People have (with the help of conventions) oriented all their solutions toward the easy and toward the easiest side of the easy; but it is clear that we must hold to what is difficult; everything alive holds to it, everything in Nature grows and defends itself in its own way and is characteristically and spontaneously itself, seeks at all costs to be so and against all opposition. We know little, but that we must hold to what is difficult is a certainty that will not forsake us; it is good to be solitary, for solitude is difficult; that something is difficult must be a reason the more for us to do it. To love is good, too: love being difficult. For one human being to love another: that is perhaps the most difficult of all out tasks, the ultimate, the last test and proof, the work for which all other work is but preparation. For this reason young people, who are beginners in everything, cannot yet know love: they have to learn it. With their whole being, with all their forces, gathered close about their lonely, timid, upward-beating heart, they must learn to love. But learning time is always a long, secluded time, and so loving, for a long while ahead and far into life, is solitude, intensified and deepened loneness for him who loves.
Rainer Maria Rilke, 1904
in Letters to a Young Poet
I don’t smoke, but I do light candles, so I buy matches pretty infrequently. (If I smoked though, I would totally light my ‘rettes with matches, because HOT! Also, I would use the term ‘rettes. Conclusion: I would be a somewhat affected smoker.)
Every time, I freak out at how cheap a box of matches is. TWENTY CENTS! Fire is one of the most revolutionary human discoveries, but we can buy multiple easy-to-make portable fire opportunities for twenty cents. Insane.
Actually, that was all I planned on writing about today but then I took an accompanying photo (hey, I’m not allowed to talk about boys anymore, might as well cover the banal stuff real well), and noticed something interesting…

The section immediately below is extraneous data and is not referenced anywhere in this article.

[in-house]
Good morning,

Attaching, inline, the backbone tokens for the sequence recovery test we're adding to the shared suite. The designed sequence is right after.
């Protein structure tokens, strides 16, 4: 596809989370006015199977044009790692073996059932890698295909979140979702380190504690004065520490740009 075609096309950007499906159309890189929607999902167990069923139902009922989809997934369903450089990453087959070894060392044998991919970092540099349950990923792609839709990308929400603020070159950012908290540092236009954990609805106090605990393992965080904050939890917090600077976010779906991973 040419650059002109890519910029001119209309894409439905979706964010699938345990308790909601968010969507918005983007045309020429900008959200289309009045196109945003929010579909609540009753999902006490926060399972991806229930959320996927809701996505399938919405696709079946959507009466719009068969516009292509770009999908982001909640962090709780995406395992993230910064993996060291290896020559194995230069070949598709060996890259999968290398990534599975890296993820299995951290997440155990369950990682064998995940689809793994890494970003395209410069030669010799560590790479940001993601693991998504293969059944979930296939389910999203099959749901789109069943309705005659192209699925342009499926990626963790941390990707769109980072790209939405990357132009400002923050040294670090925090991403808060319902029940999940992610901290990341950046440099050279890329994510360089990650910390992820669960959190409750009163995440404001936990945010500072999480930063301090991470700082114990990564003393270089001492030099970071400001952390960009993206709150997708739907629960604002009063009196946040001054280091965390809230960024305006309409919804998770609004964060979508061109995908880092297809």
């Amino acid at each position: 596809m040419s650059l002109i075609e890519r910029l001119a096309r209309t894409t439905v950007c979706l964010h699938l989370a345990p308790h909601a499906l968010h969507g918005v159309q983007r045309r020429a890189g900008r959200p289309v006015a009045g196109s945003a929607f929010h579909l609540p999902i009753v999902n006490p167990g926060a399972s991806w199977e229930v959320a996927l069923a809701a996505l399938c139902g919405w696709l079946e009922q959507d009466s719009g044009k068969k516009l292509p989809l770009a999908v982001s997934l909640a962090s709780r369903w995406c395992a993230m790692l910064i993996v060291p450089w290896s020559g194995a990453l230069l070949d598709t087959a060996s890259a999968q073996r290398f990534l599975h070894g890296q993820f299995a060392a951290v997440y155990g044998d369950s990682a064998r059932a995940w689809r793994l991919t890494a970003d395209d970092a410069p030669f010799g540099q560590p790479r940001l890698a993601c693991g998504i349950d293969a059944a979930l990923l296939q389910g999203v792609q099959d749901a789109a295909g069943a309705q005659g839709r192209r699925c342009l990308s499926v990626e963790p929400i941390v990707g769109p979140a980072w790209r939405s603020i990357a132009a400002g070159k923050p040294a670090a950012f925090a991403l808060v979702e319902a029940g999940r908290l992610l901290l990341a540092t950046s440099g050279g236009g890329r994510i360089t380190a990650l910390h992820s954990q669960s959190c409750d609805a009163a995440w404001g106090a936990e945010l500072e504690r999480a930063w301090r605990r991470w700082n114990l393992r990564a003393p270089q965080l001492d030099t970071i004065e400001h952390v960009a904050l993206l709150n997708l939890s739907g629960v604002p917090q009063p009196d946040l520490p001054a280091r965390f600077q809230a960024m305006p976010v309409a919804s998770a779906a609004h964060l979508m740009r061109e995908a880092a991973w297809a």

On the right, you have my old matches, proudly proclaiming their contents: 50 safety matches. On the right – whispering down in the corner of the pack – 45. [On the top – gratuitous Jo Malone]. And there goes my last haven of ‘the good old days’. I feel like BJ Novak providing the revelation of the shrinking creme eggs!
Still! Less than a half-cent each! AMAZING!
I hate sex metaphors. This song is full of them. Painful ones. And yet, and yet.
I’m drunk. I’m drunk.
And you’re probably on pills.
If we’ve both got the same diseases,
It’s irrelevant girl.
It’s gotta be all in the glorious way he hits the “irrelevant”, that has me feeling all odd and swoony over STDs.
My goals aren’t going so well. I’m more conscious of my swearing, but I don’t know it’s translating into action. Habits are so much easier to start than stop! (Except exercise.) Electing to perform 99 Problems at Karaoke last night didn’t help either. Onwards and upwards!
Also I keep mentioning the Other Thing, but not here! Small steps…
Image source – sleeping mississippi @ flickr
The library was my favourite place growing up, and I’d regularly have dreams about finding books there that didn’t exist, and then waking up just as I opened them. Me and my little brother used to play a game when we came home from the library: “First-you-read-it-then-give-it-to-me”. I worked there in high school, and used my librarian passwords to flout the computer system, which was only supposed to issue a max of 30 books out at a time. Like that was enough! And (embarassingly, because this is super rude), I always hid away with a book at big family gatherings.
It’s really sad to me, then, that I could barely pay attention to this LA Times article, The Lost Art of Reading. It’s well written, about a topic that interests me, and under 2000 words long. But still, every paragraph break, I had to consciously hold myself back from flicking to another open tab in my browser. This is, of course, exactly what the author is talking about: